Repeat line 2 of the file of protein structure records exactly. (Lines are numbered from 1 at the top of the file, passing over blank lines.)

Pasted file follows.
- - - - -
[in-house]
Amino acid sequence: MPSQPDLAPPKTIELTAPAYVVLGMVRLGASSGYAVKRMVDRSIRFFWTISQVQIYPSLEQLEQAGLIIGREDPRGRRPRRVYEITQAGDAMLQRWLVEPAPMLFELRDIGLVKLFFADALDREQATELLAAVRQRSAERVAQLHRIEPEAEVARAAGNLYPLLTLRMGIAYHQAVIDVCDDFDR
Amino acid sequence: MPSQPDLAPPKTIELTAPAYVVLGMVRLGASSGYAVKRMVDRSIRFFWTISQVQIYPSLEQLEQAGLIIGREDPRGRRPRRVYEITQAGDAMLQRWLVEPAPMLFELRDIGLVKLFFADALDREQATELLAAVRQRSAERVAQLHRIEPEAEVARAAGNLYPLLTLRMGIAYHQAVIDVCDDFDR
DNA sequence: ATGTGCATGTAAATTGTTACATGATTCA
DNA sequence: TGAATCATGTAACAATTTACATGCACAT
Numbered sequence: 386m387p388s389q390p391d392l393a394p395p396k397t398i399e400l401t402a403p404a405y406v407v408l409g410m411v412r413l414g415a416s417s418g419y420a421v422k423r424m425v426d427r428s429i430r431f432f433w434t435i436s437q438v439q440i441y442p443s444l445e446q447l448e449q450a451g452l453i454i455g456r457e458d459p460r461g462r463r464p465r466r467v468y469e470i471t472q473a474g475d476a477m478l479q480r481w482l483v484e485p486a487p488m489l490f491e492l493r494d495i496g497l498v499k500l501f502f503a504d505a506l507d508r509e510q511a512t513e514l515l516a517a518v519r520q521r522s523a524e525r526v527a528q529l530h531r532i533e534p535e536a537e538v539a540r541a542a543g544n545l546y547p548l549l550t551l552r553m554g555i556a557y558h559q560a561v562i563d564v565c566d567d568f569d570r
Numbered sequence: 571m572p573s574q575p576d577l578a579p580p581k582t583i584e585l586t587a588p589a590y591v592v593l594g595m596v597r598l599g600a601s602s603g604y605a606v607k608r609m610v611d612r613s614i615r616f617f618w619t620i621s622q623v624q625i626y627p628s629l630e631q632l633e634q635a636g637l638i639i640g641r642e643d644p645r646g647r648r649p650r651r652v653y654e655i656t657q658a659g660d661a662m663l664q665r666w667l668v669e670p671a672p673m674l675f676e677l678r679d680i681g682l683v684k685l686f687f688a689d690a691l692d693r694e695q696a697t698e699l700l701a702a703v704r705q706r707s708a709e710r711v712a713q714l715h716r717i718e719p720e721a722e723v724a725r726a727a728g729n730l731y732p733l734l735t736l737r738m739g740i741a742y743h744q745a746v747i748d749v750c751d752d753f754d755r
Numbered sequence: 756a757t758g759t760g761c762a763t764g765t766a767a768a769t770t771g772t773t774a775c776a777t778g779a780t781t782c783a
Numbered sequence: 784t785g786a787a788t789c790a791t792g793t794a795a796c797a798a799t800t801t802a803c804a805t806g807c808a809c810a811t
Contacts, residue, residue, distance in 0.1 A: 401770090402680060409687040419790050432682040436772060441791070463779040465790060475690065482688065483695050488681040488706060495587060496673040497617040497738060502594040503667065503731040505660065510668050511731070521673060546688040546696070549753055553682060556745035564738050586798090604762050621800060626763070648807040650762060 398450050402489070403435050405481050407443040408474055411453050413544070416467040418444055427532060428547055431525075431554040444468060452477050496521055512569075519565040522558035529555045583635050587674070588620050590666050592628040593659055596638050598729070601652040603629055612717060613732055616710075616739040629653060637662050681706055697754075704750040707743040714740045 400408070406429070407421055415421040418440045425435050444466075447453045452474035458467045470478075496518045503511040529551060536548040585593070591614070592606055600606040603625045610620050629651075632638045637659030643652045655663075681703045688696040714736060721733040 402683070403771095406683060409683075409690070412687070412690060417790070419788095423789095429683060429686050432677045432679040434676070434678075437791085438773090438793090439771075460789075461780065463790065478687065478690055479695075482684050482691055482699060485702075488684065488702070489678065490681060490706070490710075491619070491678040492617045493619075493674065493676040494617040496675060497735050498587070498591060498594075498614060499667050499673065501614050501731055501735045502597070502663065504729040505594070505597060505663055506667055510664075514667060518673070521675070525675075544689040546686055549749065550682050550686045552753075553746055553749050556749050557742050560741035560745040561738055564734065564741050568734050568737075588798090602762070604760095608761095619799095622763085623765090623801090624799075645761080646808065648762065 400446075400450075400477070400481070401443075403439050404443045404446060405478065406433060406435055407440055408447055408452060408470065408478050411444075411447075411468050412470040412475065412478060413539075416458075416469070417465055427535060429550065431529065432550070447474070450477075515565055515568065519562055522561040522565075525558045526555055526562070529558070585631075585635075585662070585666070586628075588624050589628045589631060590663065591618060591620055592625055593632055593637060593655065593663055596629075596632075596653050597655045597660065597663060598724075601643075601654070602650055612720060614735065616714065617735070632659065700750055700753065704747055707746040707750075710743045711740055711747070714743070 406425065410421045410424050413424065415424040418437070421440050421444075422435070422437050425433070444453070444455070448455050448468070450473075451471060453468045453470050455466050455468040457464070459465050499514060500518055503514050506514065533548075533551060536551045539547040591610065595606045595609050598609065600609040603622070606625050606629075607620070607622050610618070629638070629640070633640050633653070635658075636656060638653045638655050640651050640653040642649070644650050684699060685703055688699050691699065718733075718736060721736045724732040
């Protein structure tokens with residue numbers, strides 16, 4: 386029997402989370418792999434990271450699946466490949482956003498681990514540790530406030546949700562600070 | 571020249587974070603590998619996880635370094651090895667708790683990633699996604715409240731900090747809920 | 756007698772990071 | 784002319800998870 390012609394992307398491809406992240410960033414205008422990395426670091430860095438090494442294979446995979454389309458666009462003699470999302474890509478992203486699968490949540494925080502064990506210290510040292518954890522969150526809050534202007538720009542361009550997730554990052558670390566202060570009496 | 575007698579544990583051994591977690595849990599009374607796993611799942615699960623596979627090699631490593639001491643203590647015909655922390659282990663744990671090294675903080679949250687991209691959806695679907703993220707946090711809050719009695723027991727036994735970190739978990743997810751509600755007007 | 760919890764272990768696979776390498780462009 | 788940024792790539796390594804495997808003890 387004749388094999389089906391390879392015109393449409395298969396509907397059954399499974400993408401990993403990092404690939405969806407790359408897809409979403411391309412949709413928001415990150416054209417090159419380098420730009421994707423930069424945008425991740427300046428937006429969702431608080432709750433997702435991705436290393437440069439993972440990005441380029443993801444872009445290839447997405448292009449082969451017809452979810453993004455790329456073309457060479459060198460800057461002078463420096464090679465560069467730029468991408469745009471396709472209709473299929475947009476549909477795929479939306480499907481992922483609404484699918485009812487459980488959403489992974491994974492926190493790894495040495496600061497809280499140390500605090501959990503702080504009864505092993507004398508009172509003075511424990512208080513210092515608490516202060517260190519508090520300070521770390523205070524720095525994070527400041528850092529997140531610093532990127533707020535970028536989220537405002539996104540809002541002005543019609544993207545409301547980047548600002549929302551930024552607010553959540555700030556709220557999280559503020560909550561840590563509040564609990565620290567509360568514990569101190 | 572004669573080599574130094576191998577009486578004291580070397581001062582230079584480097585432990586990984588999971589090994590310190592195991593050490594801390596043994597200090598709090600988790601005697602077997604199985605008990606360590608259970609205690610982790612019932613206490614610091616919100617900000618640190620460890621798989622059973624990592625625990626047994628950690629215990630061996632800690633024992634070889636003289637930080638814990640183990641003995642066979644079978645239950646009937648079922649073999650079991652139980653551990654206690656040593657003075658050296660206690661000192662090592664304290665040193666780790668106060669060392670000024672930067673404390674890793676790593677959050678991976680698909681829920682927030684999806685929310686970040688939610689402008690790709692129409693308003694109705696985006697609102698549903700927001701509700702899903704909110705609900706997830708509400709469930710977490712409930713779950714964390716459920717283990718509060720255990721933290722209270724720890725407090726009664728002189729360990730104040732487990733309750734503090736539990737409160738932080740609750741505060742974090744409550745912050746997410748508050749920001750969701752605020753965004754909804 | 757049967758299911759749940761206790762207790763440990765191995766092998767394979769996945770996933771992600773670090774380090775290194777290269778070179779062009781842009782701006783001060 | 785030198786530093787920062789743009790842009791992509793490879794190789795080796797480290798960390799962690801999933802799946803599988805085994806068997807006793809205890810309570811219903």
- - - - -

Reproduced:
Amino acid sequence: MPSQPDLAPPKTIELTAPAYVVLGMVRLGASSGYAVKRMVDRSIRFFWTISQVQIYPSLEQLEQAGLIIGREDPRGRRPRRVYEITQAGDAMLQRWLVEPAPMLFELRDIGLVKLFFADALDREQATELLAAVRQRSAERVAQLHRIEPEAEVARAAGNLYPLLTLRMGIAYHQAVIDVCDDFDR